Governing Academic, Assessment and Classification Frameworks
Any other relevant information (e.g., learning resource plans, samples of rubrics and
assessment information)
Prior to the meeting of the Programme/Module Review and Approval Panel, one or more External Scrutineers shall review the programme and constituent modules in detail. External Scrutineers are appropriate external experts who have been approved by the Director of Teaching and Learning. They are tasked with reviewing the programme and/or constituent modules in detail to assess the quality and standards of the programme/modules in line with sector benchmarks such as other relevant programmes and Frameworks for Higher Education Qualifications. Annex C sets out the role of the External Scrutineer in greater detail. The External Scrutineer(s) shall either send a written report to Registrar ahead of the Panel meeting (which will then be shared with the Panel at least five working days before the meeting) and/or will attend the Panel meeting to provide an oral report on their findings, which shall be minuted.
Where the PDT is seeking programme re-approval, it must also prepare the following documents for submission to the Programme/Module Review and Approval Panel:
Narrative description of the development of the programme;
Record of amendments made to the programme since the previous approval;
A critical review of the programme, including student and external examiner
feedback;
The Annual Programme Monitoring Reports for the previous two years.
The Director of Teaching and Learning shall consider the extent to which:
The Programme Specification and Module Forms meet the School’s requirements and are consistent with the School’s General Academic Regulations;
The standards and quality of the programme are appropriate to the level of qualification, in line with external benchmarks (relevant subject benchmarks, including Subject Benchmark Statements and the standards set for comparator programmes in the sector, and Quality Frameworks, such as the Framework for Higher Education Qualifications);
The programme design has taken into account the Strategic Plan and the Student Support Framework;
The programme is viable in terms of market demand and likely numbers of students, and whether the design of the programme will minimise revenue cannibalisation and maximise revenue;
The resources required to deliver the programme are reasonable, available and accessible;
The proposal addresses any staff development needs arising from the programme design, including steps to address these;
The place of the programme in the School’s portfolio.
The review of the programme approval materials by the Director of Teaching and Learning is iterative, and continues until the Director of Teaching and Learning determines that the proposal is sufficiently robust to be submitted to the Programme/Module Review and Approval Panel.
Stage 4: Approval by Programme/Module Review and Approval Panel
On the recommendation of the Director of Teaching and Learning, the Academic Council will establish a Programme/Module Review and Approval Panel to consider the proposal.
The Programme/Module Review and Approval Panel: Membership and Terms of Reference sets out the Membership and Terms of Reference of the Programme/Module Review and Approval Panel. As part of the School’s commitment to consulting external academic experts (see the 
External Academic Expertise Framework), this Panel includes an External Advisor as well as an External Scrutineer (where the Scrutineer attends the Panel to give an oral report). The role of the External Advisor in relation to this Programme Approval Procedure is set out in Annex D.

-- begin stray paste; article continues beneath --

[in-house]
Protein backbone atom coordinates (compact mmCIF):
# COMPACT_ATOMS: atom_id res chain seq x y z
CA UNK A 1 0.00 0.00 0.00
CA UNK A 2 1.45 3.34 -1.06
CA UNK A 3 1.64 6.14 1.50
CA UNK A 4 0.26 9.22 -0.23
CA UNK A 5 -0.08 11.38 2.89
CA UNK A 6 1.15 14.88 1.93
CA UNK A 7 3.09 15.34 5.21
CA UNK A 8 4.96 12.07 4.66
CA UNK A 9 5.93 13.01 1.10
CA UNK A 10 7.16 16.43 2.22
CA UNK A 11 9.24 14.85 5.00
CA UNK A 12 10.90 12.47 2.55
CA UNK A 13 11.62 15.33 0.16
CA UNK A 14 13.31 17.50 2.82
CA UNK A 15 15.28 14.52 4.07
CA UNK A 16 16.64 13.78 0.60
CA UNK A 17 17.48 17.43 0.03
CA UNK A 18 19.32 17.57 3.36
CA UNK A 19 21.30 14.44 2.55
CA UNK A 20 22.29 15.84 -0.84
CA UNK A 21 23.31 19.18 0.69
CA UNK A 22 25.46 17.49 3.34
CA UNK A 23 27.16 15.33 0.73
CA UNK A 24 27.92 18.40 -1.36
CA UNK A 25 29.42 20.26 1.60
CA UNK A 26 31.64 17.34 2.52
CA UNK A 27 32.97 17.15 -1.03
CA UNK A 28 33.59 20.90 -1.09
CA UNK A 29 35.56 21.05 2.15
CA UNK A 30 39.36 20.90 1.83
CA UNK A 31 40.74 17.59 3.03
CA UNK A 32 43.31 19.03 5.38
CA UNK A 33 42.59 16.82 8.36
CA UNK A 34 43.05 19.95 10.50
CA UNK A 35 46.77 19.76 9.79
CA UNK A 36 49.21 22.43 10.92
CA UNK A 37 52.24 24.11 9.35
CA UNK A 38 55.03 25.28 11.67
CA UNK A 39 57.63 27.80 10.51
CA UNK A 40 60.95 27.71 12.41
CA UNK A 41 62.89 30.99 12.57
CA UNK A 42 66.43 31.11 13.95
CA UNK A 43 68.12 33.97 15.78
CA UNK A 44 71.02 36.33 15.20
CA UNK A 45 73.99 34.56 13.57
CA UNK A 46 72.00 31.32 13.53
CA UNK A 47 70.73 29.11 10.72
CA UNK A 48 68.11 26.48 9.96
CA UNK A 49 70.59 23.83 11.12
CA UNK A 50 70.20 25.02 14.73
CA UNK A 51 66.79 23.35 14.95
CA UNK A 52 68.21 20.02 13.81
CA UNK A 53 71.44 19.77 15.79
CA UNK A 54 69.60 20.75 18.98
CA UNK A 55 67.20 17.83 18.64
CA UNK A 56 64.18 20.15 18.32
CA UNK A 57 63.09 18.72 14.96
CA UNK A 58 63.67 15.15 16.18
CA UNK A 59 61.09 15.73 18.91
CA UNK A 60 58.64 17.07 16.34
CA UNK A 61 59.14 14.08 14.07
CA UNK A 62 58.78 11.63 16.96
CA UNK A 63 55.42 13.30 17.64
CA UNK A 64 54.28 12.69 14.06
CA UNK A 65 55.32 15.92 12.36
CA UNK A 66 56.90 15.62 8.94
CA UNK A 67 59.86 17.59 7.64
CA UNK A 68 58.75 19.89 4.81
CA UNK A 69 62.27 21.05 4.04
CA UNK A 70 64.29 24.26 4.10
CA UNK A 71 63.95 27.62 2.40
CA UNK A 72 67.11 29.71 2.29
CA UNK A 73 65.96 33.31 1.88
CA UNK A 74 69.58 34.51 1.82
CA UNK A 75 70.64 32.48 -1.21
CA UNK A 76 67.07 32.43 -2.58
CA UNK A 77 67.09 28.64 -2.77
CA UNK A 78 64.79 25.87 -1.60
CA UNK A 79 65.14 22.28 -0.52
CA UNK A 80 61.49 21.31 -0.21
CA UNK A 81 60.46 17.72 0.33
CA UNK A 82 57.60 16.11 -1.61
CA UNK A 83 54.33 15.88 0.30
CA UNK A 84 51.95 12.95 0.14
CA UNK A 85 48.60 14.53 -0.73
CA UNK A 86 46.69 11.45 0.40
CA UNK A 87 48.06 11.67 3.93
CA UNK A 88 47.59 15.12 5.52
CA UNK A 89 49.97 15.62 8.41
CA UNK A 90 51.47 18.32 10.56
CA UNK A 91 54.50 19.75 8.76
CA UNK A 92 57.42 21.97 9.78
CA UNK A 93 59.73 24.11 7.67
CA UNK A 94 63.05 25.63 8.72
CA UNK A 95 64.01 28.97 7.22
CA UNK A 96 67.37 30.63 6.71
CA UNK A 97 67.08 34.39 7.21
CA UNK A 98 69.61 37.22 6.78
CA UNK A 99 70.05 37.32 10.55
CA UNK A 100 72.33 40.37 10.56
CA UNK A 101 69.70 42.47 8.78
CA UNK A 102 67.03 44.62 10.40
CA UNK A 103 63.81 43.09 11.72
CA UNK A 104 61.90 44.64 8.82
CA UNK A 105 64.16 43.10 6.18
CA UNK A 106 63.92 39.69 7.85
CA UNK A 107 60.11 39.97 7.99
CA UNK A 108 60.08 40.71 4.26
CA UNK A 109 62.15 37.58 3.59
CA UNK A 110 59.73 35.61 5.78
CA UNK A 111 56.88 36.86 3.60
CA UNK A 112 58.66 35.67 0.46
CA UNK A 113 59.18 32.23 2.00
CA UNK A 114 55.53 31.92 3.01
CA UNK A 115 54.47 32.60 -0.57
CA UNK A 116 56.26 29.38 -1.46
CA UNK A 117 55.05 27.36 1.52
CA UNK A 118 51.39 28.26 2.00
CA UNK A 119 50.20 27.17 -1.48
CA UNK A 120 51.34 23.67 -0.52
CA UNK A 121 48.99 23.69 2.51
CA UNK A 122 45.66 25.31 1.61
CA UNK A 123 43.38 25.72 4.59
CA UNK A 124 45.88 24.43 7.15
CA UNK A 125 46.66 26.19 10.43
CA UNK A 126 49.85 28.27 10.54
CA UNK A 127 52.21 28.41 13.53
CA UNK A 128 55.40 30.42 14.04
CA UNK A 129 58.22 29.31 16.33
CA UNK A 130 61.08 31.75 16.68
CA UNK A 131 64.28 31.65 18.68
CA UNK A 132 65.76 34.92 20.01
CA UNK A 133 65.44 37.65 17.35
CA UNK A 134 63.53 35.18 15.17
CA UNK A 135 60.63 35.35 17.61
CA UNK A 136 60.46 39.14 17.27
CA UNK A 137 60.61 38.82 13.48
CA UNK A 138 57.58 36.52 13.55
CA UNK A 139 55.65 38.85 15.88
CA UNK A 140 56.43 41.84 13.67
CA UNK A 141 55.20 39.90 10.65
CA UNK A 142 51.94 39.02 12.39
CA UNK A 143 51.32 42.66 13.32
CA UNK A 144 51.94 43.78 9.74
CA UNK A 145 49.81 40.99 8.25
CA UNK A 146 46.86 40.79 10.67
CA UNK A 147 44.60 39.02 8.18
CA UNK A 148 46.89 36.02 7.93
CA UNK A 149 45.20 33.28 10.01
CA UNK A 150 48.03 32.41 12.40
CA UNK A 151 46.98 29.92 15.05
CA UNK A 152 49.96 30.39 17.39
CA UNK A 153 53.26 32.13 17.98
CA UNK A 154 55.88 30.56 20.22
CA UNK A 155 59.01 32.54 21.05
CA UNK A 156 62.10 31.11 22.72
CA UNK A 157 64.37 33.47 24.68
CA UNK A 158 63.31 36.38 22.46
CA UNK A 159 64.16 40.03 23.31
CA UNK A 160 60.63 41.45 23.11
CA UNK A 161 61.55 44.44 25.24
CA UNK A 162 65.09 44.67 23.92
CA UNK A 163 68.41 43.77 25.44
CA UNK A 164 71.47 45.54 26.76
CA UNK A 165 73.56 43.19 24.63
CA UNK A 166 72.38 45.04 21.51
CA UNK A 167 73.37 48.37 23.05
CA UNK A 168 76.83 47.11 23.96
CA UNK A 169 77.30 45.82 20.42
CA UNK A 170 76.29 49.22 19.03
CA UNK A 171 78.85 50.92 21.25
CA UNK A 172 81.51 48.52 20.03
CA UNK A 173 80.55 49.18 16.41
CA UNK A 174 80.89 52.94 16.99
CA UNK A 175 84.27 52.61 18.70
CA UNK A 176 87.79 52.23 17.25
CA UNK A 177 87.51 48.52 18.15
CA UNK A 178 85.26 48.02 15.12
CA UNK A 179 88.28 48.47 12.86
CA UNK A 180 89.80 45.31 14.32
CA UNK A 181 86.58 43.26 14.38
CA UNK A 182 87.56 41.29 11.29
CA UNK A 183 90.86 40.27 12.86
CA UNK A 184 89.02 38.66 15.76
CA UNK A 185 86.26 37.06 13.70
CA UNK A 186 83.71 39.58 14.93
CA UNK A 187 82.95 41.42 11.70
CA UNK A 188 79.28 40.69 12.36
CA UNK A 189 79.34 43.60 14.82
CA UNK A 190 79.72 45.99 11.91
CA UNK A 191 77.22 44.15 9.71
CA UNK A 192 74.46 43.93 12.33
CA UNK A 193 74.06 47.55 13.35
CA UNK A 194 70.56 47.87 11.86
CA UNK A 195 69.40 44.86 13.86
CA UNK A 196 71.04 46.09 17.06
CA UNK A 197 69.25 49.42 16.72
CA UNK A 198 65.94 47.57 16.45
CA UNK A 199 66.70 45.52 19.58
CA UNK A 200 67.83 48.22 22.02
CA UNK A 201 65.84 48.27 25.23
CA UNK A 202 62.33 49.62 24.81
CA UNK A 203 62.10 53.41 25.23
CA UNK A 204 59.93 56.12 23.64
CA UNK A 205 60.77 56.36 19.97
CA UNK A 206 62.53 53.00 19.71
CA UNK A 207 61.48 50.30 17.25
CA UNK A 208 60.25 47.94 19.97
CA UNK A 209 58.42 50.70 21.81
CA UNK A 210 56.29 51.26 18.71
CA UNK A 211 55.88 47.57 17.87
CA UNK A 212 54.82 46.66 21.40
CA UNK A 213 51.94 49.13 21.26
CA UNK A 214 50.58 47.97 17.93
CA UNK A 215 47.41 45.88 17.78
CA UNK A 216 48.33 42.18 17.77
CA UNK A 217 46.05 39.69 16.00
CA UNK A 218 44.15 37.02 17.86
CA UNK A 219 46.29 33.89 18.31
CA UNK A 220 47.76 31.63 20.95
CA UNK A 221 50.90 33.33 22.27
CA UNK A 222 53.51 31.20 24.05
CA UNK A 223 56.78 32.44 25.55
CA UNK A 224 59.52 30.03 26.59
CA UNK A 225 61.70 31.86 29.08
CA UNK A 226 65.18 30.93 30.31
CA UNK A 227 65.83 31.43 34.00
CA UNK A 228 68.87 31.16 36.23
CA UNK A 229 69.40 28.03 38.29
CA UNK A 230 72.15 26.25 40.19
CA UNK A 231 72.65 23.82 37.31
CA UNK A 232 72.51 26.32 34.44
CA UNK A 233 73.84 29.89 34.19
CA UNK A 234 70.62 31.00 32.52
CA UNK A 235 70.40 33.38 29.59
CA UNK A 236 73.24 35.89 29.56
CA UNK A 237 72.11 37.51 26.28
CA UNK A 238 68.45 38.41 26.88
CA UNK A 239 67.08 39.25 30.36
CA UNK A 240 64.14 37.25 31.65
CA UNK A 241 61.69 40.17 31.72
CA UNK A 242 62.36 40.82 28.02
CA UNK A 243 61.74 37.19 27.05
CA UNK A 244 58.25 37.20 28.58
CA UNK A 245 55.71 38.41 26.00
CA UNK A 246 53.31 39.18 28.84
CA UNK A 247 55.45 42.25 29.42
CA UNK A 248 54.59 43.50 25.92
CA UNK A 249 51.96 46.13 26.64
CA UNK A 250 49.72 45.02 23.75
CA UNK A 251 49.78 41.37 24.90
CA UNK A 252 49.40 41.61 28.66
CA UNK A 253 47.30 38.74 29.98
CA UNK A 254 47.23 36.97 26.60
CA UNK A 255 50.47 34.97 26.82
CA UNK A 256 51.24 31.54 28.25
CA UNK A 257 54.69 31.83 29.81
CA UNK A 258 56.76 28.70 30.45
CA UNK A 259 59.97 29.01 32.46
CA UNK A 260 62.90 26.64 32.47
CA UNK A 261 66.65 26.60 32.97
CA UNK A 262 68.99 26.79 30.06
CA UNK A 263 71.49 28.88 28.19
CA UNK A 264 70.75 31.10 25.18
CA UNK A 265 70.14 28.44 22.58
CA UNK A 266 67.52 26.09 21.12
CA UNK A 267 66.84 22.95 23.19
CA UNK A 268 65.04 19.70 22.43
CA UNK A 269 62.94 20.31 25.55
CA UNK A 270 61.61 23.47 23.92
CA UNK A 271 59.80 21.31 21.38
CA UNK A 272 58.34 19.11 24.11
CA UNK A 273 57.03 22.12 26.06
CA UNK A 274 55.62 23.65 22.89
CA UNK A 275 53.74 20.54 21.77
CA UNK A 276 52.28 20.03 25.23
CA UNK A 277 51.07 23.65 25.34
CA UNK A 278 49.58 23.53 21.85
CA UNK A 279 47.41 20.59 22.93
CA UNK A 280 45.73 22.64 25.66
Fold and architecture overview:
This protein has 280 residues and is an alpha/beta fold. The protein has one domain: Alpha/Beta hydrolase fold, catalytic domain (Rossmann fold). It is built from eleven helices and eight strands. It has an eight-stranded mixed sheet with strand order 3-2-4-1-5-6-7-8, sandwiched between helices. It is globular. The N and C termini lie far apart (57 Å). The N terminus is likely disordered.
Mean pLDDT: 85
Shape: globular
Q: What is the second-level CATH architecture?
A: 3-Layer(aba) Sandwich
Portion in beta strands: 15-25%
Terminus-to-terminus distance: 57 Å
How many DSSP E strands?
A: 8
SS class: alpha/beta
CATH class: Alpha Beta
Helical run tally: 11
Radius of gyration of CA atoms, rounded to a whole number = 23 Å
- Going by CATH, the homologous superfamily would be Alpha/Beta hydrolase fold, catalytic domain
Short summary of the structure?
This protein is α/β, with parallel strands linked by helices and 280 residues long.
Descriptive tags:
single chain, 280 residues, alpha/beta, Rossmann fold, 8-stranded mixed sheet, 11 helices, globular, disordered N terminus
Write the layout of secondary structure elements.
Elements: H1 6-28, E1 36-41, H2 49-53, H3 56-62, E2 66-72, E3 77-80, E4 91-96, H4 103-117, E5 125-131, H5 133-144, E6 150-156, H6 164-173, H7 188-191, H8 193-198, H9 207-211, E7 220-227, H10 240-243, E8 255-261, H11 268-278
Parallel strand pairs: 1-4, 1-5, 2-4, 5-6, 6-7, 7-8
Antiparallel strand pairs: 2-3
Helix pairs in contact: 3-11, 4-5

The relevant submissions for the Panel specified in Stage 3 of the procedure must be provided to the Chair of the Panel at least five working days in advance of the Panel meeting.
As part of its deliberations, the Panel will meet with the PDT and the Director of Teaching and Learning. Where the Panel is considering a programme for reapproval, the Panel will also meet with current students of the programme.
The Panel is responsible for making a recommendation on whether or not a proposal should proceed.
In determining its recommendation, the Panel will answer the following questions:
Is the Panel satisfied that the proposed programmes at Level 4 (Cert Ed), Level 5 (Dip Ed), Level 6 (BA Honours and Ordinary) correspond with the FHEQ?
Is Panel satisfied that the programmes (above) align with the LIS Academic Framework and regulations?
Is the Panel satisfied that the assessment strategy and process is robust and applicable?
Is the threshold standard of the Programme (BASc) comparable with programmes in the sector?
Is the Panel satisfied that the programme is coherent e.g. that there are clear routes for students taking optional modules?
Is the Panel satisfied that the proposed teaching staff are appropriately qualified?
Is the Panel satisfied that the proposed learning resources are fit for the proposed
programme?
Is the Panel satisfied that the Programme displays LIS's commitment to equity and
does not present unnecessary barriers to students with Specific Learning
Differences?
Are there any modules of serious concern (e.g. where module learning outcomes are
not aligned with the Programme Level outcomes)?
Where the proposal is for programme reapproval, the Panel will also consider
Evidence of the academic standards of the programme and component modules, and their consistency with sector standards (e.g., as set out in the FHEQ, Subject Benchmark Standards, or other relevant sector standards);
Any modifications in the design and/or delivery of the programme in response to student and external examiner feedback, as well as any recommendations from the Annual Programme Monitoring Reviews;
Steps taken to maintain the currency and validity of the programme.
The Panel will make a recommendation to the Academic Council; this will be either: